Enzymatic Cleavage of RNA by RNA (Nobel Lecture)

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40 Scopus citations

Abstract

Biological catalysis by RNA—this discovery at the beginning of the 1980s was sensational, since it had been assumed that only proteins were capable of functioning as biocatalysts. Sidney Altman studied the enzyme ribonuclease P, which is composed of RNA and protein subunits, and found conditions under which the RNA component could catalyze the formation of mature tRNA in the absence of protein. Thomas R. Cech discovered the phenomenon of self‐splicing rRNA in Tetrahymena thermophila. This rRNA catalyzes the consecutive transesterification of specific phosphodiester groups in its nucleotide sequence and thereby the excision of an intervening sequence (IVS; see picture below) and ligation of the remaining rRNA molecule. The work of Altman and Cech, for which they were awarded the Nobel Prize in chemistry in 1989, upset a paradigm in biochemistry. (Figure Presented.)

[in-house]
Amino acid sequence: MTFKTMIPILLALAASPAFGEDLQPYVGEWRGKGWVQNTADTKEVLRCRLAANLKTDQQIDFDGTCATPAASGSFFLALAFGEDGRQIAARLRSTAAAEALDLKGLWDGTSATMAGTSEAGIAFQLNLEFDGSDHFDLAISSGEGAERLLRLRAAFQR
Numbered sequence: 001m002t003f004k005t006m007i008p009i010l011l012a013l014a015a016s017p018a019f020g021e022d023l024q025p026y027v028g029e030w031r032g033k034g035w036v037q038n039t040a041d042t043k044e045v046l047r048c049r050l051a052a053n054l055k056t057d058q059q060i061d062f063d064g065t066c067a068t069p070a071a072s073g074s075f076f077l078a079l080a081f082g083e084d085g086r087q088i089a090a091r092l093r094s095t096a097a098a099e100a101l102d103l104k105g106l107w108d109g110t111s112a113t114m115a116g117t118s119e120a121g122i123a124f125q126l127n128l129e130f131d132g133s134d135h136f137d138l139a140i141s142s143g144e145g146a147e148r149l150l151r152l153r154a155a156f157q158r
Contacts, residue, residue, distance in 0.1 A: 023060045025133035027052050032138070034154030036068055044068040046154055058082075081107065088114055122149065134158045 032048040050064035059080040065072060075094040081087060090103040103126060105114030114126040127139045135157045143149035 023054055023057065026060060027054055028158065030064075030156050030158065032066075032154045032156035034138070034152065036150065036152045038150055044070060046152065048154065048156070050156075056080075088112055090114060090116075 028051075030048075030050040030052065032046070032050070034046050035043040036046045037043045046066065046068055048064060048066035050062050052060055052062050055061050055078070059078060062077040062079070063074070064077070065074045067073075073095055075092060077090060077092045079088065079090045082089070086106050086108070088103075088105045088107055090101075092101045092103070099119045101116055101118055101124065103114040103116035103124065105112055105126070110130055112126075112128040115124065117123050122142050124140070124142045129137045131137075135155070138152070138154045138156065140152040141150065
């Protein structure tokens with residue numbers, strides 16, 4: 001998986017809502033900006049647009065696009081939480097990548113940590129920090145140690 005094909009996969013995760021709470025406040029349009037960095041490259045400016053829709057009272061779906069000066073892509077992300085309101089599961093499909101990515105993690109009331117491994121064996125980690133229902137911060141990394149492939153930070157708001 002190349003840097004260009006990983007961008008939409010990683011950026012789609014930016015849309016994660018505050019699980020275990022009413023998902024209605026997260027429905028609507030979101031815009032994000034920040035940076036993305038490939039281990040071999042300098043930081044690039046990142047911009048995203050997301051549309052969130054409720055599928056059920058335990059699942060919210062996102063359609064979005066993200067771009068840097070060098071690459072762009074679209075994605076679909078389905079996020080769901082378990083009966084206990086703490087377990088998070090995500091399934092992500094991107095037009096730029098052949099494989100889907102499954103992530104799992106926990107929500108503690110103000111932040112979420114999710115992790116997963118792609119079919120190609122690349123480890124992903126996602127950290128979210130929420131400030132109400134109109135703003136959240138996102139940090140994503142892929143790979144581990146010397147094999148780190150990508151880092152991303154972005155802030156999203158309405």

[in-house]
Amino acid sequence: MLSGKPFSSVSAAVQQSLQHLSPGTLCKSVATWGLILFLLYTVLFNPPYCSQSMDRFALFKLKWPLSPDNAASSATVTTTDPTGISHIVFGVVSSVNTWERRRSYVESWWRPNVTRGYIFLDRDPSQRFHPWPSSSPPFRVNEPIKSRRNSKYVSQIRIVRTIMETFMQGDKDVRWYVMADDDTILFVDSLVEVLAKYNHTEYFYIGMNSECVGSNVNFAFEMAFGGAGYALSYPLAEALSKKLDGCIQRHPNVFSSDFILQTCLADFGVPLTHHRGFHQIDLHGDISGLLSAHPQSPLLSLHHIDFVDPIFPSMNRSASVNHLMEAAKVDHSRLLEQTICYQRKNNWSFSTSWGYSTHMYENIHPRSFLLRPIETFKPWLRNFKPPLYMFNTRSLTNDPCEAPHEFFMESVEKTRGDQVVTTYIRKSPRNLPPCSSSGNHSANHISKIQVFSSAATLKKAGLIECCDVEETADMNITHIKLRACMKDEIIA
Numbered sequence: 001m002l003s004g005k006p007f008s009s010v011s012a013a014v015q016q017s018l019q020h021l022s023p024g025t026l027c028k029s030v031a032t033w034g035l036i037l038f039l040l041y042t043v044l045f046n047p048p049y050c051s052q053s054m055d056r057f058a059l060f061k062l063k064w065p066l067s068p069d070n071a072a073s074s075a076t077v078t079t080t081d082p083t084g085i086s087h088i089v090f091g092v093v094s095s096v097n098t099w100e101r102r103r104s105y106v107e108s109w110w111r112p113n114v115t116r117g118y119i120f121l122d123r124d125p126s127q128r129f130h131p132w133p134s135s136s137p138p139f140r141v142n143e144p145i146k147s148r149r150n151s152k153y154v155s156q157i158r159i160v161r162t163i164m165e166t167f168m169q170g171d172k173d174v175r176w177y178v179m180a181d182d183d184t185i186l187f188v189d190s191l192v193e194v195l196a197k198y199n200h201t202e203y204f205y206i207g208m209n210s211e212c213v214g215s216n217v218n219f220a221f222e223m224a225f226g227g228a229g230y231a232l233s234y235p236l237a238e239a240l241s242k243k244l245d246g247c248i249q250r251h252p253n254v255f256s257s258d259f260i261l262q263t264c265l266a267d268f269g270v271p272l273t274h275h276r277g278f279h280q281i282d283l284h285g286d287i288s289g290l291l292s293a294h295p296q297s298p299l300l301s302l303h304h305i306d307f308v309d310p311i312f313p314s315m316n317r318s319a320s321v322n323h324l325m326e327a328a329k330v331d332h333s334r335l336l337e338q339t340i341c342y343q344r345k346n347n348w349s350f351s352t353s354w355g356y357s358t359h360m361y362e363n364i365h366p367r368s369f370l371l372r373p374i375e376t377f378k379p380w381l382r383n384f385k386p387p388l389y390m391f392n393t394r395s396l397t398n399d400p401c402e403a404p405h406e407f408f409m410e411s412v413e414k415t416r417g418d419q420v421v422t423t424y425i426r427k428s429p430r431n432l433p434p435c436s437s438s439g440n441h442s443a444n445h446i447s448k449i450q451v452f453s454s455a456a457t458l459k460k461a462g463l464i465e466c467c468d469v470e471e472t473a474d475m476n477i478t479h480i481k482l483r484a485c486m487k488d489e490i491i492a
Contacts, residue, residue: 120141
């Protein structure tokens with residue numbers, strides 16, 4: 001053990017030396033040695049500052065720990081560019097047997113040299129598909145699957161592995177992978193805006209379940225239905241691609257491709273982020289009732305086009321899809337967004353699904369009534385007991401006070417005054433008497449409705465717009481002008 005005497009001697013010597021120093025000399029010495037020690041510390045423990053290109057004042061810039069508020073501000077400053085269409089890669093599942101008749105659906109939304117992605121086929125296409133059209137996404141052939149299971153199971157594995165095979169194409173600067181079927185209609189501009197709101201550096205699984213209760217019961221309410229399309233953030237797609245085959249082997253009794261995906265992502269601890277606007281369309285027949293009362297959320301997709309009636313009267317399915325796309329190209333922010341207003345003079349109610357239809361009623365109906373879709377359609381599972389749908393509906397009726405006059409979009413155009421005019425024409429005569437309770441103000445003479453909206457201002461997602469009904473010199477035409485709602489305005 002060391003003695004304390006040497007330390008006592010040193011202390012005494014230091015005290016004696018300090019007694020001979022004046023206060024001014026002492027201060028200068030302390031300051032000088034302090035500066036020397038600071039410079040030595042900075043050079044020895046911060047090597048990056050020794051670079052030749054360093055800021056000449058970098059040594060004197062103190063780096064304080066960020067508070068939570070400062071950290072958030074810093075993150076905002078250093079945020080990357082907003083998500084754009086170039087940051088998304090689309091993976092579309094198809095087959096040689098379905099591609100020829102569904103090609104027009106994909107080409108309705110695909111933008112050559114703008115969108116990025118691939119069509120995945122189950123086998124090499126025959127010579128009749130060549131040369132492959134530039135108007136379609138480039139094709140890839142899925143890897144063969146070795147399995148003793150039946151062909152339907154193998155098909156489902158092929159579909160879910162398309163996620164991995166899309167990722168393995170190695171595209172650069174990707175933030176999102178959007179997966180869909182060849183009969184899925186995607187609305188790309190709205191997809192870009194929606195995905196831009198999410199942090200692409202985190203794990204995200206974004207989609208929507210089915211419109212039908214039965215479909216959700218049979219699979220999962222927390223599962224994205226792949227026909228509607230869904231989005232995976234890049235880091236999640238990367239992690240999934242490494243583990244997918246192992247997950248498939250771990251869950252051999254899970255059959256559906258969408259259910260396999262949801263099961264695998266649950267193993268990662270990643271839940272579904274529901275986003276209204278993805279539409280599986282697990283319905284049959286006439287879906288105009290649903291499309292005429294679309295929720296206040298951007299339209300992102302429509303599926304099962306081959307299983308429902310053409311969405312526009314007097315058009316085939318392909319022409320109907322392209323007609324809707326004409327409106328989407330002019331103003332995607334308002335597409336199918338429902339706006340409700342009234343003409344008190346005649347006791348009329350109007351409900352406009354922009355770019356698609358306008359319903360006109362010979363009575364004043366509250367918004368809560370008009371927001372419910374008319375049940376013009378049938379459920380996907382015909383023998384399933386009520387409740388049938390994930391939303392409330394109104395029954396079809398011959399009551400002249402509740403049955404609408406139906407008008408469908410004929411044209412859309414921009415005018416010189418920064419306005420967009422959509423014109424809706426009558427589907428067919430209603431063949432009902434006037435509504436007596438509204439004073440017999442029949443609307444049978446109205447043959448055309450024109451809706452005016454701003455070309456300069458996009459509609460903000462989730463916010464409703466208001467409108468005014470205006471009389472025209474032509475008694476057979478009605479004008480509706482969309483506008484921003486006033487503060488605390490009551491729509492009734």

Original languageEnglish (US)
Pages (from-to)749-758
Number of pages10
JournalAngewandte Chemie International Edition in English
Volume29
Issue number7
DOIs
StatePublished - Jul 1990
Externally publishedYes

Keywords

  • Enzyme activity
  • Nobel lecture
  • Nucleic acids
  • RNA cleavage

ASJC Scopus subject areas

  • Catalysis
  • Chemistry(all)

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